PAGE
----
It took more than five centuries for burg Eltz to become what it is today. During that period inside the 100 rooms of the building lived 33 generations of one and the same family. This fact alone is more than fascinating. Nevertheless, seeing in person the stacked levels and towers lying magnificently on top of a hill overseeing Eltzbach valley and the Moselle river is a mindblowing experience and a dream come true for every hobbyist-photographer. Another interesting fact is that back in the days of the deutsche mark, this castle was on the old 500 bill. Looking at the contemporary euro coins you will see an oak tree leaf, which is a nice coincidence, given the fact that oak trees are surrounding the pathway that will lead you to the castle. The memories from this castle can’t be bought though, neither with dms nor with euros.
At the entrance of the Zwinger you step into a time capsule which takes you 200-300 years back in time. Everything is so remarkably well preserved and the complex has a lot of museums worth seing. The gallery of the old masters contains paintings of Raphael, Canaletto and Rubens. There is also the old armory where you can see many armors and weapons from the 16th-17th century. The Dresden porcelain collection is considered as one of the largest in the world. If you fancy old time mathematical and astronomical tools you defenitely should check out the Royal Cabinet of Mathematical and Physical Instruments which has been reopened this year (2013 at the time of writing this post). If you get tired of all the museums and exhibitions, you can go out and chill in the huge 2km² great garden located just a couple of kilometers nearby. There you could check another castle called the summer palace or ride the park train.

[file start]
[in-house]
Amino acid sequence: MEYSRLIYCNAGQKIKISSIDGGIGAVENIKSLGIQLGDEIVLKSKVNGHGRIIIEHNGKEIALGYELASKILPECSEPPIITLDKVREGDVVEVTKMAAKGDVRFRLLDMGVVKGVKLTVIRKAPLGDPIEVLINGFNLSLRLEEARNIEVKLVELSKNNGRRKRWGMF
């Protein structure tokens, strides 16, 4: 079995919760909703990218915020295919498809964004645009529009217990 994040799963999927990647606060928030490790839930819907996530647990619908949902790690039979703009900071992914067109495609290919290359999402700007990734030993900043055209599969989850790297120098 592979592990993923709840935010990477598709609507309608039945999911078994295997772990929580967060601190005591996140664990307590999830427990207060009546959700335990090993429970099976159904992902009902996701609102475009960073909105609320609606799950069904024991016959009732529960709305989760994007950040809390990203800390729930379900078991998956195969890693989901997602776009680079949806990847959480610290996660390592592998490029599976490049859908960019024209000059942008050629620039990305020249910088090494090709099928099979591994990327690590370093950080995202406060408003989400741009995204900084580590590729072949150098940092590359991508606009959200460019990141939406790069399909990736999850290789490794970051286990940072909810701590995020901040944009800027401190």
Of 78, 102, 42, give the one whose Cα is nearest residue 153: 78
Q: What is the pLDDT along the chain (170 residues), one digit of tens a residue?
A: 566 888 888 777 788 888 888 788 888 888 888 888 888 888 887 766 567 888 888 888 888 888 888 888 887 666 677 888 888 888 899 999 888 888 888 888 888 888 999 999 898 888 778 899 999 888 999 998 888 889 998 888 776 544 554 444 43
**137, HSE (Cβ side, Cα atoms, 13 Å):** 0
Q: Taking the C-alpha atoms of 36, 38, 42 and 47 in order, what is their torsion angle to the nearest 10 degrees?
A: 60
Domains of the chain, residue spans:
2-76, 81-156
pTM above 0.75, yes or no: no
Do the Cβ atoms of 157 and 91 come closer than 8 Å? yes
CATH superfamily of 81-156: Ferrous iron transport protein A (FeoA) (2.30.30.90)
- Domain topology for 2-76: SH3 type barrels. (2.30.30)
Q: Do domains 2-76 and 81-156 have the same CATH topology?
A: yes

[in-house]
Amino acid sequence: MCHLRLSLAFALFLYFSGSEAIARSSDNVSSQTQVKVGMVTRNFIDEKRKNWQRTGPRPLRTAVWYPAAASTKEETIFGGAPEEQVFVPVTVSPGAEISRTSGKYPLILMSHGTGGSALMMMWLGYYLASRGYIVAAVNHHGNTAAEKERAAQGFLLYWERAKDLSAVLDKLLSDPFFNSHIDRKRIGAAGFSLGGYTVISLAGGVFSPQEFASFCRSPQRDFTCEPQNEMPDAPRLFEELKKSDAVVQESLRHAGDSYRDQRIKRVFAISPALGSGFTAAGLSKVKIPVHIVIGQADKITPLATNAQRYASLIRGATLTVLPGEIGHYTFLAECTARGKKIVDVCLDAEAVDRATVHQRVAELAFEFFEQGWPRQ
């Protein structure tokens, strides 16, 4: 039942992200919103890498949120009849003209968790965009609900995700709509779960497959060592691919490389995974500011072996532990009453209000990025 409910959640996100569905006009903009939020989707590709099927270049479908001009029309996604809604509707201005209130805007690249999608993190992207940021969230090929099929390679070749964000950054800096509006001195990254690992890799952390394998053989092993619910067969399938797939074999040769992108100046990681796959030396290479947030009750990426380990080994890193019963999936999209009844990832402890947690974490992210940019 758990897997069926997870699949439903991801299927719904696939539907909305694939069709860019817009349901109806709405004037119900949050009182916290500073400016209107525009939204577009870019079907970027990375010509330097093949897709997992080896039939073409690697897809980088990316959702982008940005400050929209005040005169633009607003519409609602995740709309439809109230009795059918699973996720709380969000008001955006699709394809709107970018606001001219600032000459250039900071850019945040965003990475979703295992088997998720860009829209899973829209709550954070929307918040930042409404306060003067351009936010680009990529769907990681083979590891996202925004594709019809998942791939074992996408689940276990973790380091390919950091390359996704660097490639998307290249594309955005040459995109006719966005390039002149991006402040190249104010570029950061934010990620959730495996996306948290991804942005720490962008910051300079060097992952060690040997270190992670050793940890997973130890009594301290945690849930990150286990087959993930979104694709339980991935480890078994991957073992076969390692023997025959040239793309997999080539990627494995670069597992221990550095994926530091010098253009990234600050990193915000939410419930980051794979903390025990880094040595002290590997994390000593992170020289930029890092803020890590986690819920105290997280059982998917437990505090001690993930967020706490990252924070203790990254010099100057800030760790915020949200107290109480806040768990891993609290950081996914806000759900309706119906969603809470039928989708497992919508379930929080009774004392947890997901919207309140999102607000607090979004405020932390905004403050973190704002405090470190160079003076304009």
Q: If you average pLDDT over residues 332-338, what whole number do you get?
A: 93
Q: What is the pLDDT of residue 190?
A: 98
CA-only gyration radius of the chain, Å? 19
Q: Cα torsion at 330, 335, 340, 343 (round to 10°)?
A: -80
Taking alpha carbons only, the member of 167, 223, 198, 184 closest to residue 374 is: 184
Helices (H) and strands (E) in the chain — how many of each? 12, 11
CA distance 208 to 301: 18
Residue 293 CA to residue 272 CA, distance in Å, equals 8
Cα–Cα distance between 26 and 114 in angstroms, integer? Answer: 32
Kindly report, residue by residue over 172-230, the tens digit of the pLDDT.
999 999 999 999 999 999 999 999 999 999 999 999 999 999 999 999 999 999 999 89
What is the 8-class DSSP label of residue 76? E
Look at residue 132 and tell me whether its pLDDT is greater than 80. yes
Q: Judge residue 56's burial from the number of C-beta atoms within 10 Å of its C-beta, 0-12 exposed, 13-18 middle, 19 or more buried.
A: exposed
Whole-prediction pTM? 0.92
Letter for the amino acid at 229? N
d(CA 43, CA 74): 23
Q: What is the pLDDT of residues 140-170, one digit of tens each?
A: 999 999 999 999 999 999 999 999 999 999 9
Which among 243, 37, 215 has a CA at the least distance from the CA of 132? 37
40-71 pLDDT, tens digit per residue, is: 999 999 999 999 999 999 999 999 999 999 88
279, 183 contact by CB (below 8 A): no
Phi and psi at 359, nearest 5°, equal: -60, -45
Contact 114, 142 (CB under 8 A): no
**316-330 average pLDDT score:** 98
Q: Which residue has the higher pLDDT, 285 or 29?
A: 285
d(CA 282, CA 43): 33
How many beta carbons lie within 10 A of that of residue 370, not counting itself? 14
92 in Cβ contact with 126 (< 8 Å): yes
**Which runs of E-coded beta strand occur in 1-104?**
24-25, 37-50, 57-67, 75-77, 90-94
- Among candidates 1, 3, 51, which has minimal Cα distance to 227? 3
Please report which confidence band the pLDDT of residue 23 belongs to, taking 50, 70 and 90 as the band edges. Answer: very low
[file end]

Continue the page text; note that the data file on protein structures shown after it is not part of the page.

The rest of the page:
The lichtenstein castle is another fairytale keep built in the 19th century. While walking the bridge to the entrance of the castle you feel yourself as being part of some Game of Thrones episode. Some of the buildings there are accessible to view and you could see armours and furnitures from that era. This castle is not so commercialised and depending on the season you pick, there might be just a few people. Another plus is that this castle does not necessarily have to be visited in summer on a sunny day. On the contrary – picking a rainy and foggy day even enhances the mystical feeling. Maybe this is why I liked it so much. There are a lot of weddings taking place there, so if you are planning one, you just might consider the lichtenstein castle as an option. The place is suitable for kids and the scenery and castle detail is amazing.
Oh my… Welcome to a Germany fortress storybook. The castle is located on a steep hilltop that you have to reach, so saddle your horses and prepare for the climb. Or you could just take the shuttle bus . The view from the battlements on top of the hill is of course breathtaking given the fact you are able to see the whole valley underneath and even have a glimpse of France and Switzerland. You are paying different tickets - one for the battlements and chapels and another one for the actual castle building with its extraordinarily decorated rooms. Both are worth it, so don’t be an uncle Scrooge and just go for it. There are also catacombs to explore. This castle is also good for visiting in winter especially on christmas time when you can enjoy the Christmas market built there. It may not be thousands of years old but yet again is still stunning, functional and definitely worth your time.
Read more about the castle of Hohenzollern and the mysterious ghost if the “White Lady”.